With more wellness-related awareness nowadays, many fitness and diet trends have left mainstream culture. But now, a new trend has popped up: intermittent dieting. 

Food and nutrition professor Danielle Battram says intermittent dieting has become more popular among students within the past year. She says the methods of intermittent fasting vary.

"For example, some days are spent eating very little, some days are spent eating as much as you want to compensate for the fasting," says Battram.

Dean Lavi, a fourth-year political science student and fitness trainer, follows a variation of this type of diet. Instead of fasting one day and eating a surplus the next, he selects a time window to eat and refrains from eating for the rest of the day.

Typically, Lavi eats only between 2 and 10 p.m., eating only two meals per day. 

Although diets often garner skepticism, Battram says the research she's seen shows that intermittent fasting can be as effective as weight loss diets (diets where individuals diminish their total caloric intake). However, Battram disagrees, believing that intermittent fasting isn't more beneficial than a weight loss diet.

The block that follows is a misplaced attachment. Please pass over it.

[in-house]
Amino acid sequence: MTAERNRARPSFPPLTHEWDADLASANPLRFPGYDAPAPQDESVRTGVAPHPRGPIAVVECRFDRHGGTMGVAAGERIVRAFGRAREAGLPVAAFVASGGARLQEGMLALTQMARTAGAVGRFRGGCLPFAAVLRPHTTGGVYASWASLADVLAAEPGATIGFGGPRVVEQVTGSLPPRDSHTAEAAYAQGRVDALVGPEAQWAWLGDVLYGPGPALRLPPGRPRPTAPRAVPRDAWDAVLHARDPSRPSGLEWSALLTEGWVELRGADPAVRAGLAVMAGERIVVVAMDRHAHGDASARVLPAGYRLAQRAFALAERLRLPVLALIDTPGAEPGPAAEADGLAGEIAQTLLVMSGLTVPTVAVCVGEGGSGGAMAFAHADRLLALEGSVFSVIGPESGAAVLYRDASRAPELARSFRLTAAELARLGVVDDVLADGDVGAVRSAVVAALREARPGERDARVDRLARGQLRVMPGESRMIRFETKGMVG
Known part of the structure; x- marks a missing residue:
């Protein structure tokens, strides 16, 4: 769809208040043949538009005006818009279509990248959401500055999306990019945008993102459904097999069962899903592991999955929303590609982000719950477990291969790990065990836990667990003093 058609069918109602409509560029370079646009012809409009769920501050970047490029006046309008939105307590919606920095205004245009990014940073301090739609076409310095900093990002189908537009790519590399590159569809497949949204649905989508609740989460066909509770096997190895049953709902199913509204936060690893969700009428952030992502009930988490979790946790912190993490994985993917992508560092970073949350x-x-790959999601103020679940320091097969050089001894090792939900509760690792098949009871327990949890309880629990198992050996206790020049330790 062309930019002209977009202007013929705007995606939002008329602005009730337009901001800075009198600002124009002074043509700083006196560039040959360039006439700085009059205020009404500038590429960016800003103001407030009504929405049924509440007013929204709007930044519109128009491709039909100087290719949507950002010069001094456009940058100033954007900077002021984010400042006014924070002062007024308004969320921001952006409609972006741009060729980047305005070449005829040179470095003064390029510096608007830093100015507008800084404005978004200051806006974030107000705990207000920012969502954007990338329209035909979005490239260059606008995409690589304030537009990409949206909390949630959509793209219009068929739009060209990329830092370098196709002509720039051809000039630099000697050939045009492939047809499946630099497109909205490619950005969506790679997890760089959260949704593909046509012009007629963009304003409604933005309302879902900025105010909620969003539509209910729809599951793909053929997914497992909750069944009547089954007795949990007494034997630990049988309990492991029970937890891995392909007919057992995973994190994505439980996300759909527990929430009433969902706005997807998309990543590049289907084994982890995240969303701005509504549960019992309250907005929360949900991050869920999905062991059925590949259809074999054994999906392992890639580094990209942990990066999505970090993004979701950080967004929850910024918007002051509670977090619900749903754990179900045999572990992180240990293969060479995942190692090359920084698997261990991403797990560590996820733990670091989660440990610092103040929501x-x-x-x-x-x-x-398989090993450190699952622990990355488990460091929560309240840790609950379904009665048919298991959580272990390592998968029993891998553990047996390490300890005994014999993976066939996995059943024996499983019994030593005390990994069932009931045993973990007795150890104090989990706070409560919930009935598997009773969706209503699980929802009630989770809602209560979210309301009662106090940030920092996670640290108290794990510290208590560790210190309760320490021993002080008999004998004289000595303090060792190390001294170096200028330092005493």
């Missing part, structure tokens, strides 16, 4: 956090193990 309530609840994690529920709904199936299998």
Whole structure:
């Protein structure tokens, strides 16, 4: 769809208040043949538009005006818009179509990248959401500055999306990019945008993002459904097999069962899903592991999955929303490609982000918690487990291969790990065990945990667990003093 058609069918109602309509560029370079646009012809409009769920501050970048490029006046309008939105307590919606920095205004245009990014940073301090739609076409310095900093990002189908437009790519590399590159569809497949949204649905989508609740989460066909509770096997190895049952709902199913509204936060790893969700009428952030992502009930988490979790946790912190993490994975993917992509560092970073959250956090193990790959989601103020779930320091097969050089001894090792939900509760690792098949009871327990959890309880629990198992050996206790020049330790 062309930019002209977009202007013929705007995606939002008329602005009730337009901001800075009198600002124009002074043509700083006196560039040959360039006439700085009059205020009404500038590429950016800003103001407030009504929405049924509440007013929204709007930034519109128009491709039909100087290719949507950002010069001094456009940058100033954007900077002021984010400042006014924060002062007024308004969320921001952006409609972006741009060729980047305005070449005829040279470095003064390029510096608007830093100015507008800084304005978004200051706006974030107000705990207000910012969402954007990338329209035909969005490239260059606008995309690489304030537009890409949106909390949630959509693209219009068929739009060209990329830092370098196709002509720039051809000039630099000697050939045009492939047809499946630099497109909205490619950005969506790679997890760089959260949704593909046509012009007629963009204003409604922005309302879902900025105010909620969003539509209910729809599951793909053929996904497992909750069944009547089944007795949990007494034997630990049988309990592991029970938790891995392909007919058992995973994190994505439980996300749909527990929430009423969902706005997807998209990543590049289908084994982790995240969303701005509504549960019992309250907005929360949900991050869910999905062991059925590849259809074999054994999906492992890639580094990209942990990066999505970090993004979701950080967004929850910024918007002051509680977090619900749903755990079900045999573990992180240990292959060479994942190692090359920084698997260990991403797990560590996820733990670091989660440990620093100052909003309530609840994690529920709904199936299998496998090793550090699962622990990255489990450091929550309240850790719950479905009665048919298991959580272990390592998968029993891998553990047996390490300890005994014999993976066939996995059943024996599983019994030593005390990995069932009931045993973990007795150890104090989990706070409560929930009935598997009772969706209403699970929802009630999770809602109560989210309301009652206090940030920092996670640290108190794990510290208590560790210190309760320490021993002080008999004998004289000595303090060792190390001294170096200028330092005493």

Lavi first committed to this diet over the summer, only eating at times when he felt hungry as a way to prevent weight gain. He also continued to exercise as he changed his dieting habits while on vacation.

By changing to an intermittent diet, Lavi achieved his physique goals. He noticed he didn't gain any weight nor lose any muscle mass.

Despite Lavi's success with the diet, Battram says some studies suggest that low calorie diets, particularly extreme ones like the military diet (a diet that sets a 1,100 to 1,400 calorie limit each day for three days but encourages healthy eating for the remaining four days), may promote muscle loss and decrease resting metabolic rate.

According to Battram, as your resting metabolic rate drops, energy becomes more effectively conserved in the body. If you return to your original dietary habits, you may experience faster and more sustained weight gain. She notes that there haven't been long-term studies that explore the benefits or drawbacks of intermittent dieting.

Lavi acknowledges that the diet may not be effective for everyone. For students juggling a busy lifestyle, fasting may make them irritable.

"Some people may be sensitive to low blood sugar, so fasting may impact your mood or your concentration," says Battram.

For individuals who want to adopt this type of diet, Battram says that it's important to stick to healthy foods. 

"If these diet plans suggest two or three servings of vegetables, that's bad. You want to be smart about the foods you're getting to make sure you're getting enough nutrients," says Battram.

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Vivian Cheng is a third year medical sciences student and Culture Editor for Volume 111. When she's not writing or editing, you can find her curating another playlist or thinking about puppies. You can contact her at vivian.cheng@westerngazette.ca.

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